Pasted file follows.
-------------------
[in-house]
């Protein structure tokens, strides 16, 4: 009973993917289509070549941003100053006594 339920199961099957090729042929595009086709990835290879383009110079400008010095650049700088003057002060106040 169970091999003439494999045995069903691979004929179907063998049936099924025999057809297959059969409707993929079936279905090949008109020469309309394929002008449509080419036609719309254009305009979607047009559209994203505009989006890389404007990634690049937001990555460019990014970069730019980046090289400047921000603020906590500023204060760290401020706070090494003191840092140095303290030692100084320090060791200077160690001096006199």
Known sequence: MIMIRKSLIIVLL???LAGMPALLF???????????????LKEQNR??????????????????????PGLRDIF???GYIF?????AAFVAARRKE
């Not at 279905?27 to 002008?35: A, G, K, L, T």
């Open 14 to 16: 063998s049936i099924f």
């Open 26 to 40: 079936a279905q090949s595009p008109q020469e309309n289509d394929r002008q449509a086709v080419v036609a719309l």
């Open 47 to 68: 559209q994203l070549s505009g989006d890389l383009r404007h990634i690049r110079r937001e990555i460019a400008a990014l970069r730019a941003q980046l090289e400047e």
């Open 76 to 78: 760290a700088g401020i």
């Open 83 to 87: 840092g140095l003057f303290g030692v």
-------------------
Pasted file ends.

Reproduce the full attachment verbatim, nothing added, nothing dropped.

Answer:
[in-house]
């Protein structure tokens, strides 16, 4: 009973993917289509070549941003100053006594 339920199961099957090729042929595009086709990835290879383009110079400008010095650049700088003057002060106040 169970091999003439494999045995069903691979004929179907063998049936099924025999057809297959059969409707993929079936279905090949008109020469309309394929002008449509080419036609719309254009305009979607047009559209994203505009989006890389404007990634690049937001990555460019990014970069730019980046090289400047921000603020906590500023204060760290401020706070090494003191840092140095303290030692100084320090060791200077160690001096006199």
Known sequence: MIMIRKSLIIVLL???LAGMPALLF???????????????LKEQNR??????????????????????PGLRDIF???GYIF?????AAFVAARRKE
């Not at 279905?27 to 002008?35: A, G, K, L, T």
């Open 14 to 16: 063998s049936i099924f």
């Open 26 to 40: 079936a279905q090949s595009p008109q020469e309309n289509d394929r002008q449509a086709v080419v036609a719309l």
């Open 47 to 68: 559209q994203l070549s505009g989006d890389l383009r404007h990634i690049r110079r937001e990555i460019a400008a990014l970069r730019a941003q980046l090289e400047e």
């Open 76 to 78: 760290a700088g401020i």
């Open 83 to 87: 840092g140095l003057f303290g030692v």